A few months later the FDA approved another gene therapy, this time for a rare inherited retinal disease, the drug is called Luxturna. Between 1,000 and 2,000 people in the United States are thought to be affected by the mutated gene. Misa was 4-yearsold when he received his gene therapy treatment.
Dr Peter Bach, director of a policy centre at Memorial Sloan Kettering Cancer Center in NY quoted regarding the issue, "The company very cleverly convinced everyone that they were going to charge a million dollars, so now they are being credited for being reasonable".
Luxturna is just the first of many one-time gene therapy treatments likely to hit in the market over the coming years, and therefore will necessitate changes in how payment and reimbursement are conducted. The manufacturers say the price is a bargain. While the staggering cost may be hard to bear for some patients, medical analysts are actually saying the price of the treatment is less than expected.
Approved for inherited retinal disease caused by a defective RPE-65 gene, Luxturna is a single injection that works by delivering 150 billion viral vector particles containing a correct copy of the gene to retinal cells.More news: Costa on the bench for Atletico´s Lleida trip
Spark, in fact, says there will be three distinct "payer programs" to ensure that US patients who need treatment can get it: "an outcomes-based rebate arrangement with a long-term durability measure, an innovative contracting model and a proposal to [Centers for Medicare and Medicaid Services] under which payments for Luxturna would be made over time". The company's CEO, however, has said the effects of treatment could be "life-long".
As questions swirl around the cost and effectiveness of gene therapy, it could not be doubted that Luxturna is a breakthrough in the development of this kind of medicine.
One insurer, Harvard Pilgrim Health Care, which covers 2.7 million people in New England, has already signed on to pay for Spark's therapy.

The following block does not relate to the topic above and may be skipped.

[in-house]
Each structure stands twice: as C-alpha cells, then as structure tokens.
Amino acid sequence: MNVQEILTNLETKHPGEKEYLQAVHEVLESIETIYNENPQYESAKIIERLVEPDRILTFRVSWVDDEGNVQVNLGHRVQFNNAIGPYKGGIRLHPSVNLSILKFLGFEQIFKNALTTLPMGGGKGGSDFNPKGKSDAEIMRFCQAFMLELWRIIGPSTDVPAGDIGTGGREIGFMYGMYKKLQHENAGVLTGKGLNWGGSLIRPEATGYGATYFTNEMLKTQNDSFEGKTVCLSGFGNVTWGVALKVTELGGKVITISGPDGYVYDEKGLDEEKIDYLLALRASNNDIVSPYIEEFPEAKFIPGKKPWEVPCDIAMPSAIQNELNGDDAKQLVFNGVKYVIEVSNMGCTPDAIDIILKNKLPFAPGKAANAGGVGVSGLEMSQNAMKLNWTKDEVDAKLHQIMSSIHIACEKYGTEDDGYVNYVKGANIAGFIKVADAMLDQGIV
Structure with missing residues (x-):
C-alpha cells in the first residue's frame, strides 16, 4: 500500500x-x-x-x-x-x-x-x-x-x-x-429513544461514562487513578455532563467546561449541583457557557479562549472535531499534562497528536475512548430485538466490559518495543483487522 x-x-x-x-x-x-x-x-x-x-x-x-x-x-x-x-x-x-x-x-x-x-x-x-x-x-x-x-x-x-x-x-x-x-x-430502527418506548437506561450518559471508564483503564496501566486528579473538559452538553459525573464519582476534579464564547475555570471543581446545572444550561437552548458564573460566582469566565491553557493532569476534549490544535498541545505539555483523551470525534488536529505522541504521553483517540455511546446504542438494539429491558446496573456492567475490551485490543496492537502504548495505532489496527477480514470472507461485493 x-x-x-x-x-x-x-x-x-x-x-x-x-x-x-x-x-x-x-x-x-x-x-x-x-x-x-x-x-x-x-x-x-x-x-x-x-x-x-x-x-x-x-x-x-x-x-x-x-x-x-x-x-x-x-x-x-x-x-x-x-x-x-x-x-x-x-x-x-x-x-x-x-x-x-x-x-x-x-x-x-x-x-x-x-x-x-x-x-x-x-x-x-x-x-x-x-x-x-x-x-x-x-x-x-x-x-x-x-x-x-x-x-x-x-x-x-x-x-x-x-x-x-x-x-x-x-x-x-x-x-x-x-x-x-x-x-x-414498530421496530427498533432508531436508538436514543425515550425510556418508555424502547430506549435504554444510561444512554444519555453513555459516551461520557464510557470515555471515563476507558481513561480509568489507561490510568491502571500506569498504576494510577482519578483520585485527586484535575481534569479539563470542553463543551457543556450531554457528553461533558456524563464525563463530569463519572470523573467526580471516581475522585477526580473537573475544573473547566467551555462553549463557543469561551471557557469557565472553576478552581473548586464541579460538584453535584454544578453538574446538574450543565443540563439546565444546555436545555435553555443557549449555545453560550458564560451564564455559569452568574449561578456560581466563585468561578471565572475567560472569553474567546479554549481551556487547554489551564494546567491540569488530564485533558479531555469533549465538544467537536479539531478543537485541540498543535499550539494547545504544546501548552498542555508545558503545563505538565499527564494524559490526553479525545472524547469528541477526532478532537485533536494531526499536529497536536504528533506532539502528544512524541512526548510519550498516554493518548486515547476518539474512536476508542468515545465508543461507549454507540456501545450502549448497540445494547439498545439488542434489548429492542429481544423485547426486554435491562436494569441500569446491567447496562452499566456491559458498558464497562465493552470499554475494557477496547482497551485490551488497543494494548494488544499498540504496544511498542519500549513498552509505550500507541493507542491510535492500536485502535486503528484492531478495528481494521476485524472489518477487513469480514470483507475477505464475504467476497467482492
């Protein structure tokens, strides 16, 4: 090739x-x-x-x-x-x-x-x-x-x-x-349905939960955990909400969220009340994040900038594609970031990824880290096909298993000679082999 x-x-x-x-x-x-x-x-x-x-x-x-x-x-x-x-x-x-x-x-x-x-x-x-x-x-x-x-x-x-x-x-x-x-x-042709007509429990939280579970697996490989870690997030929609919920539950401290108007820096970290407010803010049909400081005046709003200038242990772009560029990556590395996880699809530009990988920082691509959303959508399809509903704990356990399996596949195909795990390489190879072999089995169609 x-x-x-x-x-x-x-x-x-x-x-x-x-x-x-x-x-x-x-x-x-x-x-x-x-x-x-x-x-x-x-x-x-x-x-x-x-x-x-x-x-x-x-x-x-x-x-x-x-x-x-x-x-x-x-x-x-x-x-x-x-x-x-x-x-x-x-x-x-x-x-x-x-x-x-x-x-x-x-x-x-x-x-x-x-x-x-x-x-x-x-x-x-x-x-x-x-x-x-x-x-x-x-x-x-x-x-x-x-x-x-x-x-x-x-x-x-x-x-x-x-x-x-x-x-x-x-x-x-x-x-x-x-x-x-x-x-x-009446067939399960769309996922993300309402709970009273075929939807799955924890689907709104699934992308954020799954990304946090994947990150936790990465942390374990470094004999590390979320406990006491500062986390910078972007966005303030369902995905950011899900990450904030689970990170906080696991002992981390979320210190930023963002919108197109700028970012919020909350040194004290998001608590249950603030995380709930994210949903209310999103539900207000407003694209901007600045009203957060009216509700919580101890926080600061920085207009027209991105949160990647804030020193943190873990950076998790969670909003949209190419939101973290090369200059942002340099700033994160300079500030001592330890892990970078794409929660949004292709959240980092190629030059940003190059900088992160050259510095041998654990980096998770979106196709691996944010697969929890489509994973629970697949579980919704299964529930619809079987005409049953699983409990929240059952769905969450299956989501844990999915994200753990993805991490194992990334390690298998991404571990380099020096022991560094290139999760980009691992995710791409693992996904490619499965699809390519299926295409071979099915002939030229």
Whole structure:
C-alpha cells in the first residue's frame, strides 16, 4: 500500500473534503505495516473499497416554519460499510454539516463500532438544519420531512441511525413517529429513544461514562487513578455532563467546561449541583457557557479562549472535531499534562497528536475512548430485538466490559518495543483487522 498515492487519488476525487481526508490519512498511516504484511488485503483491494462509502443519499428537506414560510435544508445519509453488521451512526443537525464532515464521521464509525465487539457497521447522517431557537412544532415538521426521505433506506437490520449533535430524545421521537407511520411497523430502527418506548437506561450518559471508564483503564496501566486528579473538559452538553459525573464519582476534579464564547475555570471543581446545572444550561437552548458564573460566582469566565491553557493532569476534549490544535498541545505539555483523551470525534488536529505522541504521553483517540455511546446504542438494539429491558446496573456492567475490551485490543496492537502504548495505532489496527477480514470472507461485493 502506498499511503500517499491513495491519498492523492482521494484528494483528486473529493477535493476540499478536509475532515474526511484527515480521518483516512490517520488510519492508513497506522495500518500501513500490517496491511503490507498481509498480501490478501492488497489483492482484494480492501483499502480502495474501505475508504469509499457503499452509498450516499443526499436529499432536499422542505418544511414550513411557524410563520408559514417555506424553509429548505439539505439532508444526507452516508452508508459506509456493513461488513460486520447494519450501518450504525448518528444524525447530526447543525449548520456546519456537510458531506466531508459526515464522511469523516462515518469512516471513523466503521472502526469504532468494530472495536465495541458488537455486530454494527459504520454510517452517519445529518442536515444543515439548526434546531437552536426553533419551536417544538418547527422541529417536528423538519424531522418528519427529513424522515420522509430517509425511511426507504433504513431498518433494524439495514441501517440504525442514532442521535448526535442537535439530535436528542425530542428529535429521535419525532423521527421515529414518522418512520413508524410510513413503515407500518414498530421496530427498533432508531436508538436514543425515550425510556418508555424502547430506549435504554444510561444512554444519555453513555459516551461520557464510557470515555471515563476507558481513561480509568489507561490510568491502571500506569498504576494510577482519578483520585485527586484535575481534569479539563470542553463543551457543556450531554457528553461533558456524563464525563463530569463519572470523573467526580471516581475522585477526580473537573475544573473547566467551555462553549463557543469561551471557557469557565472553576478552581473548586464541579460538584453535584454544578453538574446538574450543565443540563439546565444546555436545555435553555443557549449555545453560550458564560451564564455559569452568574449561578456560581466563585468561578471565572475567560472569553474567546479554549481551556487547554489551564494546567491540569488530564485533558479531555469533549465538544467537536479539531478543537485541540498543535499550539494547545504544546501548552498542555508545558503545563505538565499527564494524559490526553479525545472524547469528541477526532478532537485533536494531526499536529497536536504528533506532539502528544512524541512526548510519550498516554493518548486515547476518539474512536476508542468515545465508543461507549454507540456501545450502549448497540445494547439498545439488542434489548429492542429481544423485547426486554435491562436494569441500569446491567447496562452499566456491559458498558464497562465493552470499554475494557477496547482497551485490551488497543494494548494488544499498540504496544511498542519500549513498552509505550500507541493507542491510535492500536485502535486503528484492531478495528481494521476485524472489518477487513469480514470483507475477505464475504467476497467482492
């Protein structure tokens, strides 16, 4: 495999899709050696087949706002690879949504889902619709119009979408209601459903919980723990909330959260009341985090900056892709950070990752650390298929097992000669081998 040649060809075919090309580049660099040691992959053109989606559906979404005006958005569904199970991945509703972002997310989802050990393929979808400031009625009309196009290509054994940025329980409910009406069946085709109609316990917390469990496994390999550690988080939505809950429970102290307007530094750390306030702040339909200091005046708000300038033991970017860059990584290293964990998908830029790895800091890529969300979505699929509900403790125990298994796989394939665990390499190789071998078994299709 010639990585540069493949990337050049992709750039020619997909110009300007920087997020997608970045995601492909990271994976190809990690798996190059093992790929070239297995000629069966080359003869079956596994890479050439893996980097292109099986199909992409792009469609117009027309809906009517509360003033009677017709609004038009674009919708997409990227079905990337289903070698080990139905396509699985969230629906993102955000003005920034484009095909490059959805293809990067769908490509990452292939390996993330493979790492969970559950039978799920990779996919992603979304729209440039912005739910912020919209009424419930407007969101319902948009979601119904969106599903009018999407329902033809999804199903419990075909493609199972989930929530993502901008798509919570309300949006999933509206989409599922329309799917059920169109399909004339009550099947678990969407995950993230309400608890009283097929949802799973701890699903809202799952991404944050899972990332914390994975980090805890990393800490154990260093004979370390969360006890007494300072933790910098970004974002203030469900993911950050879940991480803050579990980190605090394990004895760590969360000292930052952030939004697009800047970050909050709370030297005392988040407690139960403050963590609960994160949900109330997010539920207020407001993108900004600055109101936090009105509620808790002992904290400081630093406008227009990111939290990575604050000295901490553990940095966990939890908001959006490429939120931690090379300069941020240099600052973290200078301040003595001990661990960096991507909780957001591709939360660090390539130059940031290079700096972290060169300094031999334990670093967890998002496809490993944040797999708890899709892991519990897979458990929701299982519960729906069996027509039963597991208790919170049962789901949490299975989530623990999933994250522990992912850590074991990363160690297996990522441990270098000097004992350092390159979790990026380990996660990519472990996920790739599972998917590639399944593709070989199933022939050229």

Although Spark's Luxturna is the most expensive drug, the overall cost for patients and insurers may be less than for other expensive drugs which have to be taken multiple times.More news: OR at No. 17 Arizona tops the Pac-12 this week
And it's in negotiations with the Centers for Medicare and Medicaid Services, the federal government health insurance agency, to come up with ways to let insurers pay by installments.
The company also plans to arrange for a new type of contracting model with payers to help ease the potential burden of upfront costs on providers. However, some companies have begun to offer more detailed reasoning as the backlash against drug prices has grown more heated.
"As far as the price, and the structures to pay the price, I think it's all pretty much in line with what we're seeing in other innovative therapies", said Dr. Stuart Orkin, a pediatric oncologist at the Dana-Farber Cancer Institute and Boston Children's Hospital to health website STAT. "I do applaud them for thinking through the payment schemes".
This restores the patient's ability to make the missing enzyme - dramatically improving their eyesight and restoring a large degree of independence, although not offering 20/20 vision. "The answer to that is certainly not the $850,000 price tag announced today".More news: 13000 trapped at Swiss ski station
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